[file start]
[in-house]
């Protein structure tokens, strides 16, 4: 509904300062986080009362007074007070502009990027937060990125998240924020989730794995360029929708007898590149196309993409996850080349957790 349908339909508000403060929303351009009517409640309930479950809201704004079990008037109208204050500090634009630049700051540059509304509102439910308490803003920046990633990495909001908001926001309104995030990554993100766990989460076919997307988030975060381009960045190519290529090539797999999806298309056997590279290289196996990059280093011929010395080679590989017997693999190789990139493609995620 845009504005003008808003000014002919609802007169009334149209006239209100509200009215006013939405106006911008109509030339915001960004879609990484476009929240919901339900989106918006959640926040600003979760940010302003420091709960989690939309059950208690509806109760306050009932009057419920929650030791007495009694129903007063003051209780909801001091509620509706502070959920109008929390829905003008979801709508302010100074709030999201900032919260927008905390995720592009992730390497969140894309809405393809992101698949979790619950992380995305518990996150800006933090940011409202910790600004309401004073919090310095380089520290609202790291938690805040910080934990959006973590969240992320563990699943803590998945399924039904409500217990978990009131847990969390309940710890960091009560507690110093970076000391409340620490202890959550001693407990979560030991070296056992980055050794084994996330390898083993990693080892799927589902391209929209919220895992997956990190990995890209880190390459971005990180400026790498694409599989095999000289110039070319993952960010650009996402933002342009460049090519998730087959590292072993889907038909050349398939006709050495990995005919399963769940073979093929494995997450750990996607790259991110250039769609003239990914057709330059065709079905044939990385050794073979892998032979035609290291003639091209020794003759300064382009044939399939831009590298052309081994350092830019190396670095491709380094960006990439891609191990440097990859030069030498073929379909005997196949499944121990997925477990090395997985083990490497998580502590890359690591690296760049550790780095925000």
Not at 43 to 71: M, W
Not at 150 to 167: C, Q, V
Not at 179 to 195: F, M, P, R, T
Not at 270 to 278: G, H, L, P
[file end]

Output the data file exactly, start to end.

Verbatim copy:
[in-house]
């Protein structure tokens, strides 16, 4: 509904300062986080009362007074007070502009990027937060990125998240924020989730794995360029929708007898590149196309993409996850080349957790 349908339909508000403060929303351009009517409640309930479950809201704004079990008037109208204050500090634009630049700051540059509304509102439910308490803003920046990633990495909001908001926001309104995030990554993100766990989460076919997307988030975060381009960045190519290529090539797999999806298309056997590279290289196996990059280093011929010395080679590989017997693999190789990139493609995620 845009504005003008808003000014002919609802007169009334149209006239209100509200009215006013939405106006911008109509030339915001960004879609990484476009929240919901339900989106918006959640926040600003979760940010302003420091709960989690939309059950208690509806109760306050009932009057419920929650030791007495009694129903007063003051209780909801001091509620509706502070959920109008929390829905003008979801709508302010100074709030999201900032919260927008905390995720592009992730390497969140894309809405393809992101698949979790619950992380995305518990996150800006933090940011409202910790600004309401004073919090310095380089520290609202790291938690805040910080934990959006973590969240992320563990699943803590998945399924039904409500217990978990009131847990969390309940710890960091009560507690110093970076000391409340620490202890959550001693407990979560030991070296056992980055050794084994996330390898083993990693080892799927589902391209929209919220895992997956990190990995890209880190390459971005990180400026790498694409599989095999000289110039070319993952960010650009996402933002342009460049090519998730087959590292072993889907038909050349398939006709050495990995005919399963769940073979093929494995997450750990996607790259991110250039769609003239990914057709330059065709079905044939990385050794073979892998032979035609290291003639091209020794003759300064382009044939399939831009590298052309081994350092830019190396670095491709380094960006990439891609191990440097990859030069030498073929379909005997196949499944121990997925477990090395997985083990490497998580502590890359690591690296760049550790780095925000």
Not at 43 to 71: M, W
Not at 150 to 167: C, Q, V
Not at 179 to 195: F, M, P, R, T
Not at 270 to 278: G, H, L, P